Whether it was fear, or anger…or something else, I do not know. I am aware of what the video shows. Mr. Scott is fleeing, and Officer Slager is firing…multiple shots. He also appears to have “planted” his Taser near Scott’s body. Mr. Aylor told CNN he no longer represents Officer Slager. This case may be many things, but what it is not is an episode hinging upon unconfirmed reports of whether Scott was charging toward the officer, or if he stopped with his hands up, pleading to the officer, “Don’t shoot.”
Mr. Scott’s family has communicated two basic desires, early in the investigative process. First, they maintain, they want to find out the truth. Anthony Scott, Walter’s brother, had the following to say on Sunday afternoon:
“We just would like for justice to be taken, for justice to be served, and we would like for the truth to come out so my brother can rest in peace. Whatever happened yesterday, that’s all we want is the truth, and we will go to any length to get it.”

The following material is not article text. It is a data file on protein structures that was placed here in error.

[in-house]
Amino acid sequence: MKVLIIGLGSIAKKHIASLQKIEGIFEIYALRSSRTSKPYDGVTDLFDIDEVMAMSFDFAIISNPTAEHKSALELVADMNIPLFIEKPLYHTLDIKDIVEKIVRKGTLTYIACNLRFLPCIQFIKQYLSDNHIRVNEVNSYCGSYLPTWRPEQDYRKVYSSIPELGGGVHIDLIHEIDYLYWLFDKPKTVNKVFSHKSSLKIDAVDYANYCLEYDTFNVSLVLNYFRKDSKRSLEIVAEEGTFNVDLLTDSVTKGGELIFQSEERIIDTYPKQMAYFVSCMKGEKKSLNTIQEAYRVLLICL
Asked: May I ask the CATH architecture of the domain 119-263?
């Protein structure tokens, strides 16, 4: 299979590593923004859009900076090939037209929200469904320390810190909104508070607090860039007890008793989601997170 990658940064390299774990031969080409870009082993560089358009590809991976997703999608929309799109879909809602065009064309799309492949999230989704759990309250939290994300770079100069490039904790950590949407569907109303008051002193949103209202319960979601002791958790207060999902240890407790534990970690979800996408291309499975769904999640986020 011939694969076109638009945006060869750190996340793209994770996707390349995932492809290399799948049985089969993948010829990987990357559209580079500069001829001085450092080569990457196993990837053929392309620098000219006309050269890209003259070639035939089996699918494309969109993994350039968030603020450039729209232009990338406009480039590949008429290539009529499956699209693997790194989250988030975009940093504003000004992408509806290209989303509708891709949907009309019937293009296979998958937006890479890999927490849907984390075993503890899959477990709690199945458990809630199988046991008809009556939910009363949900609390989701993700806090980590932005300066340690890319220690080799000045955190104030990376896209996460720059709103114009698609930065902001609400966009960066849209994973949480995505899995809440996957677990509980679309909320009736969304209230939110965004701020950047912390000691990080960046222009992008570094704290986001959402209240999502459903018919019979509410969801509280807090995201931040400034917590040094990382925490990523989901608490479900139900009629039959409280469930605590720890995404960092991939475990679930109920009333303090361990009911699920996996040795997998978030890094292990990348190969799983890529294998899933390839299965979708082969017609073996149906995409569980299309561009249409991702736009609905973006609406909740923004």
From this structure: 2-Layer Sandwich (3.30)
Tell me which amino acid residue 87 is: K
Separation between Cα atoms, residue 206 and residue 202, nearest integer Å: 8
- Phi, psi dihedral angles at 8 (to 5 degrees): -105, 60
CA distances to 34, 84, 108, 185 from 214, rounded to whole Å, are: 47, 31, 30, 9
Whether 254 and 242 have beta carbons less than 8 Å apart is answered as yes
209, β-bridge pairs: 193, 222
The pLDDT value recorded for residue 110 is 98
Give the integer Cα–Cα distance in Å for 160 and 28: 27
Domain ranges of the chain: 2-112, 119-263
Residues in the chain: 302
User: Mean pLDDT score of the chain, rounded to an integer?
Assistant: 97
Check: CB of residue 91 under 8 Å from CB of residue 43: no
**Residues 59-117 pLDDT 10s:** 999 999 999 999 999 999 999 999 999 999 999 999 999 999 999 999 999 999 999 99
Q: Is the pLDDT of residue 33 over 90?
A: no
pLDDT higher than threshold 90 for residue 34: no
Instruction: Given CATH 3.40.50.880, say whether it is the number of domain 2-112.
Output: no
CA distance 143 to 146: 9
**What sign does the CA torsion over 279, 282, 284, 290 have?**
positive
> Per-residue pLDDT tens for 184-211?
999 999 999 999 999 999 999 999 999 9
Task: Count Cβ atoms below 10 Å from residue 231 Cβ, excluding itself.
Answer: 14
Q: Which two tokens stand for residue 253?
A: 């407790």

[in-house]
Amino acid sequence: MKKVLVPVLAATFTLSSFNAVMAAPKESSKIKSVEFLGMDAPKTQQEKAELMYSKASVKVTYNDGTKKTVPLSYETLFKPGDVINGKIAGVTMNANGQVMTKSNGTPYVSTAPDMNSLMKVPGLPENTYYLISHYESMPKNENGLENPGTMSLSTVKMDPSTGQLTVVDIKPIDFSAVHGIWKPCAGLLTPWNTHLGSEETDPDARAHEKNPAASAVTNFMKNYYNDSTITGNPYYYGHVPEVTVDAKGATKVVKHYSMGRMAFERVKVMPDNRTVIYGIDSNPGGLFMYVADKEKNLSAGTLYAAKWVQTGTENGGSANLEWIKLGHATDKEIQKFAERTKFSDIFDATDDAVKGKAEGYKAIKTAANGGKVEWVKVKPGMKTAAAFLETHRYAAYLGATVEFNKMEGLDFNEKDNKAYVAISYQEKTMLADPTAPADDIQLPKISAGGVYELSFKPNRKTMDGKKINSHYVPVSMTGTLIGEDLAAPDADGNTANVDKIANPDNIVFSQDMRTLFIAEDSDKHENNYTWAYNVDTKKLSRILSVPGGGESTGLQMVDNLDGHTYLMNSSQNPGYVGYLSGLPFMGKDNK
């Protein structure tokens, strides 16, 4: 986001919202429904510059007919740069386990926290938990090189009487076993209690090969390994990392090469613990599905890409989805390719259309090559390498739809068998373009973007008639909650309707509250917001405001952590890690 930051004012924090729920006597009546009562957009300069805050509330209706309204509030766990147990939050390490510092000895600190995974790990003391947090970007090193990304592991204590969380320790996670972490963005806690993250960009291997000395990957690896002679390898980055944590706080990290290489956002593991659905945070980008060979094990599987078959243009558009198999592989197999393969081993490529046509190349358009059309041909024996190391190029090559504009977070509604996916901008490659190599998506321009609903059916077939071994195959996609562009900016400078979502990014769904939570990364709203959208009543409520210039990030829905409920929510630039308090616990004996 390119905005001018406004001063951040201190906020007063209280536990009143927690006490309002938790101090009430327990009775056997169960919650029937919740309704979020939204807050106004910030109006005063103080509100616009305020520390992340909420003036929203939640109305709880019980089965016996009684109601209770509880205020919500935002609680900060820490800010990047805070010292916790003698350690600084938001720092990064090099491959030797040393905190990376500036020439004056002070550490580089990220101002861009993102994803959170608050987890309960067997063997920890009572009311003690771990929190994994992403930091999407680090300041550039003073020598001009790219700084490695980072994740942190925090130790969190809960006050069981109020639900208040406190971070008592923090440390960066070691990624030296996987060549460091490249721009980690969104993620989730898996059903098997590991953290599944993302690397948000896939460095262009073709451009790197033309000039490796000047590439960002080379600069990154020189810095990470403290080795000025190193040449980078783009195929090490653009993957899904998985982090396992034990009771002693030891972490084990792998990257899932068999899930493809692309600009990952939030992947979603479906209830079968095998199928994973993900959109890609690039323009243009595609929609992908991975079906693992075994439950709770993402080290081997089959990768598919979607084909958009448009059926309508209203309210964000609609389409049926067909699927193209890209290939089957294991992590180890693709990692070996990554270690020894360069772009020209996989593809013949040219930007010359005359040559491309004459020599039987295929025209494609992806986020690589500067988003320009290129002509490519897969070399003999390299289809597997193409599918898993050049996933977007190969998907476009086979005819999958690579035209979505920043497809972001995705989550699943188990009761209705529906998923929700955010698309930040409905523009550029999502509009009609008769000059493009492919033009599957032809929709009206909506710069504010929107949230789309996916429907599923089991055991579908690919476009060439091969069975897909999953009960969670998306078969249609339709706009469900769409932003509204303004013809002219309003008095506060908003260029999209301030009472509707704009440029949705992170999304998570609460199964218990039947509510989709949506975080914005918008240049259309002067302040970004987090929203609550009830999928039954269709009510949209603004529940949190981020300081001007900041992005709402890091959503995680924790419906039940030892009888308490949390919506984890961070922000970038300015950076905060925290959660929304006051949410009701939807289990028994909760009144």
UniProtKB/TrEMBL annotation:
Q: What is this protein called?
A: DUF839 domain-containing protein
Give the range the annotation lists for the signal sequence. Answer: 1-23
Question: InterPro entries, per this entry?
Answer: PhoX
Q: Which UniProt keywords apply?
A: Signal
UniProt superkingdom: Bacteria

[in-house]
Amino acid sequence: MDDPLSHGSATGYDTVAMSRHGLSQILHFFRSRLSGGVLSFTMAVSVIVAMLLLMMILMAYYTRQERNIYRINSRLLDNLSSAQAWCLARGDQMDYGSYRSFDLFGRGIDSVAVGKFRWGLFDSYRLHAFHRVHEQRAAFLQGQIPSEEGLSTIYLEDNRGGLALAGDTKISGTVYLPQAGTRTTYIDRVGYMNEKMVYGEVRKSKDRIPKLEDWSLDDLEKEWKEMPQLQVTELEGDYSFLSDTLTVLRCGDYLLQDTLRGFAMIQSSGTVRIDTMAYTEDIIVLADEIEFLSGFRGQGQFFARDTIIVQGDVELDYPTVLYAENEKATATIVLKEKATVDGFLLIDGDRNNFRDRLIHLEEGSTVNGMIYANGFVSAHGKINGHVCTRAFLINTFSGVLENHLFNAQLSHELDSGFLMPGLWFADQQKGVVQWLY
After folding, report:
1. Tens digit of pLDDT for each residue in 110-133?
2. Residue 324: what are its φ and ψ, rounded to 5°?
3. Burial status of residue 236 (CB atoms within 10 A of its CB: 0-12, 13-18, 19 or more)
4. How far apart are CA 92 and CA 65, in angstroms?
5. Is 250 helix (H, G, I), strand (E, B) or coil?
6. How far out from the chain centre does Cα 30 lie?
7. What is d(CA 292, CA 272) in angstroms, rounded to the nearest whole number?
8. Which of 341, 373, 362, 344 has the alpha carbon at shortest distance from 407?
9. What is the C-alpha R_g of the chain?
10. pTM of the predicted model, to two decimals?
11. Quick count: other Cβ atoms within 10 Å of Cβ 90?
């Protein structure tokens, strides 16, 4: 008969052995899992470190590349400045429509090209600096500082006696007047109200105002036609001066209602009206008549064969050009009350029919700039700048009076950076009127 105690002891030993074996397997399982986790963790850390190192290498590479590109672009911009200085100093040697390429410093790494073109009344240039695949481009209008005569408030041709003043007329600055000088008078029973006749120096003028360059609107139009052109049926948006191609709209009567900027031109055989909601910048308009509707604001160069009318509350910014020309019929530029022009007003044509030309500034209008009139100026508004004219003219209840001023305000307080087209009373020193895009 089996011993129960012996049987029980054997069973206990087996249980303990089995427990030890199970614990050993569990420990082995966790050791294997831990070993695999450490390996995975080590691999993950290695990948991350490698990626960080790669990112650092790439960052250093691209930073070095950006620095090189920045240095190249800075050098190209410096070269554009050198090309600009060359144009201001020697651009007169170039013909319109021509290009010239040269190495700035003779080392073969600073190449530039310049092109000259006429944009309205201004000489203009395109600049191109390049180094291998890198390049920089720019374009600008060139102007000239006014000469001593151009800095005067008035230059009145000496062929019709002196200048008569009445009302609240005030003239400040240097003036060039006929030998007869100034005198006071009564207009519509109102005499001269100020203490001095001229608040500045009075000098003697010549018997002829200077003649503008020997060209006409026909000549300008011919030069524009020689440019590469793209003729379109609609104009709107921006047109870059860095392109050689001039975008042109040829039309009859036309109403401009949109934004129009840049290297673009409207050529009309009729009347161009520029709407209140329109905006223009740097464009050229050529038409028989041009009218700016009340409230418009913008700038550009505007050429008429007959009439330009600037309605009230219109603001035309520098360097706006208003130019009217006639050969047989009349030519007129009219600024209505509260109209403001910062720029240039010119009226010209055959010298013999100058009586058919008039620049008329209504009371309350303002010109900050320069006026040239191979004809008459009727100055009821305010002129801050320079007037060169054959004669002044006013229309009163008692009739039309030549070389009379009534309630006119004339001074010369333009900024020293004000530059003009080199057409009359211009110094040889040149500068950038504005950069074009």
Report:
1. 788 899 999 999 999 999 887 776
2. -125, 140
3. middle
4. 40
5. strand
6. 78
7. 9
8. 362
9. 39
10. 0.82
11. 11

Second, they want this situation to be the anti-Ferguson. The family met Sunday in an empty lot where the shooting had occurred the day before. The held a press conference with community activists, calling for community calm and law enforcement transparency during the process of the investigation.
But it is not just the family’s urging that stands out, as events unfold after the North Charleston incident. Actually, Michael Brown’s family called for calm to, so it may be unfair to suggest there is anything different about that aspect of this shooting. However, that may be where similarities end.